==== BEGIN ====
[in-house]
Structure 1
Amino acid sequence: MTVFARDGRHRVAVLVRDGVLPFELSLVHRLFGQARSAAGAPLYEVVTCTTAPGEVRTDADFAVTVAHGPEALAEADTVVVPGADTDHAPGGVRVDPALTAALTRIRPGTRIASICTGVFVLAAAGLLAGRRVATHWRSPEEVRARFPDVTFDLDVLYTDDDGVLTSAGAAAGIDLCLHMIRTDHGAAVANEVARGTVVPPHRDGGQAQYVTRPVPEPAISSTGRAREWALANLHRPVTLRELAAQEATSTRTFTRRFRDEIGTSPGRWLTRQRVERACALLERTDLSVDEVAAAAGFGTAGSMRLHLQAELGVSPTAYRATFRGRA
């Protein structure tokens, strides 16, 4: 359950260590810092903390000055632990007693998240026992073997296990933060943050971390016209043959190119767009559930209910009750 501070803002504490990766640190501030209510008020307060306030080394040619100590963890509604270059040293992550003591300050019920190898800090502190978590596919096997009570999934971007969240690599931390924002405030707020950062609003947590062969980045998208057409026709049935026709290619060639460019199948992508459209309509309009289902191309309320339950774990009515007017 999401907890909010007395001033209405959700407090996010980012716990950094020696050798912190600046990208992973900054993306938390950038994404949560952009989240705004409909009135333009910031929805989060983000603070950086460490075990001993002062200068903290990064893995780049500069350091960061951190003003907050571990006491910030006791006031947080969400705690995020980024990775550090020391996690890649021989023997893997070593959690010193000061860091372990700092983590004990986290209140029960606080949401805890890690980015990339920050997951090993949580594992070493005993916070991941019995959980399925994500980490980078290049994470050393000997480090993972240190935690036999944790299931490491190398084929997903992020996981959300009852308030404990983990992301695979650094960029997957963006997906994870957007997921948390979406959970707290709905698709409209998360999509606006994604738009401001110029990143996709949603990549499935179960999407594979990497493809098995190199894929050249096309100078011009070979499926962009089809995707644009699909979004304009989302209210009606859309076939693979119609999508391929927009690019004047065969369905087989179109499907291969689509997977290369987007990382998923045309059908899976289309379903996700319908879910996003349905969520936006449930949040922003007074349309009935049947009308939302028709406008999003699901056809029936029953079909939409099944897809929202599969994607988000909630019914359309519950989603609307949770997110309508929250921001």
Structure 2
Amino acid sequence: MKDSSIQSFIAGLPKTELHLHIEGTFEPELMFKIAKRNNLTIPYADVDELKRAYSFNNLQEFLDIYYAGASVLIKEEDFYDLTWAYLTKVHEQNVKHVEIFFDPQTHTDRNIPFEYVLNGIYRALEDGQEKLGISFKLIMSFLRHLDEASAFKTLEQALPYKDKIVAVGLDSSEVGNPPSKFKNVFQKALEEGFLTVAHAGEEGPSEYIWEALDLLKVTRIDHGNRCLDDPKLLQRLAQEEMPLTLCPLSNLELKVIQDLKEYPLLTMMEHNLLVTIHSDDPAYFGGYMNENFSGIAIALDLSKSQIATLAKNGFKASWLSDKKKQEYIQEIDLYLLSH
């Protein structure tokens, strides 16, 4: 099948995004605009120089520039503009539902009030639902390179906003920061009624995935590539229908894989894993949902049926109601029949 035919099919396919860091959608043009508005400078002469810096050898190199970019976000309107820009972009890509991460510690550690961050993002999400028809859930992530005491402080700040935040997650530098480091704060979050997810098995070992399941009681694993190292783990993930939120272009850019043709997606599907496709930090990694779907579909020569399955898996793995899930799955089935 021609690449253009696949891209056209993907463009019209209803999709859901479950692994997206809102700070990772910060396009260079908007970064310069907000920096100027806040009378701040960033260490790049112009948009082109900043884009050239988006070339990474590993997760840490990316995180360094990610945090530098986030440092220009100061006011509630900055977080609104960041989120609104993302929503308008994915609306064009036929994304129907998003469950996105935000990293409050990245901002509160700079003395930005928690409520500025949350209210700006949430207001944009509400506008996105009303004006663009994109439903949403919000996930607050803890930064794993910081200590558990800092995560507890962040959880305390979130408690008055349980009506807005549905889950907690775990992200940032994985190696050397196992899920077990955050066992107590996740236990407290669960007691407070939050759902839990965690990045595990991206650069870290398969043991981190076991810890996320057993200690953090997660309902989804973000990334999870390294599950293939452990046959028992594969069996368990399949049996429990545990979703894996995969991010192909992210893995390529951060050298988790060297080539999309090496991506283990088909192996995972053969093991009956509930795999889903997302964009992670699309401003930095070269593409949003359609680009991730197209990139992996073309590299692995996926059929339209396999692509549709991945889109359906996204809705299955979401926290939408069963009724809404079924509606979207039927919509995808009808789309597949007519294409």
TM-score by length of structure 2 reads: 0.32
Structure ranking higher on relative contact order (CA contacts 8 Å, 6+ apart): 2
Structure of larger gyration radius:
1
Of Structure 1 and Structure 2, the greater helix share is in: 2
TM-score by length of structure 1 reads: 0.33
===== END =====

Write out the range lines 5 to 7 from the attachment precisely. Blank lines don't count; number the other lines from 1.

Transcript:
Structure 2
Amino acid sequence: MKDSSIQSFIAGLPKTELHLHIEGTFEPELMFKIAKRNNLTIPYADVDELKRAYSFNNLQEFLDIYYAGASVLIKEEDFYDLTWAYLTKVHEQNVKHVEIFFDPQTHTDRNIPFEYVLNGIYRALEDGQEKLGISFKLIMSFLRHLDEASAFKTLEQALPYKDKIVAVGLDSSEVGNPPSKFKNVFQKALEEGFLTVAHAGEEGPSEYIWEALDLLKVTRIDHGNRCLDDPKLLQRLAQEEMPLTLCPLSNLELKVIQDLKEYPLLTMMEHNLLVTIHSDDPAYFGGYMNENFSGIAIALDLSKSQIATLAKNGFKASWLSDKKKQEYIQEIDLYLLSH
């Protein structure tokens, strides 16, 4: 099948995004605009120089520039503009539902009030639902390179906003920061009624995935590539229908894989894993949902049926109601029949 035919099919396919860091959608043009508005400078002469810096050898190199970019976000309107820009972009890509991460510690550690961050993002999400028809859930992530005491402080700040935040997650530098480091704060979050997810098995070992399941009681694993190292783990993930939120272009850019043709997606599907496709930090990694779907579909020569399955898996793995899930799955089935 021609690449253009696949891209056209993907463009019209209803999709859901479950692994997206809102700070990772910060396009260079908007970064310069907000920096100027806040009378701040960033260490790049112009948009082109900043884009050239988006070339990474590993997760840490990316995180360094990610945090530098986030440092220009100061006011509630900055977080609104960041989120609104993302929503308008994915609306064009036929994304129907998003469950996105935000990293409050990245901002509160700079003395930005928690409520500025949350209210700006949430207001944009509400506008996105009303004006663009994109439903949403919000996930607050803890930064794993910081200590558990800092995560507890962040959880305390979130408690008055349980009506807005549905889950907690775990992200940032994985190696050397196992899920077990955050066992107590996740236990407290669960007691407070939050759902839990965690990045595990991206650069870290398969043991981190076991810890996320057993200690953090997660309902989804973000990334999870390294599950293939452990046959028992594969069996368990399949049996429990545990979703894996995969991010192909992210893995390529951060050298988790060297080539999309090496991506283990088909192996995972053969093991009956509930795999889903997302964009992670699309401003930095070269593409949003359609680009991730197209990139992996073309590299692995996926059929339209396999692509549709991945889109359906996204809705299955979401926290939408069963009724809404079924509606979207039927919509995808009808789309597949007519294409």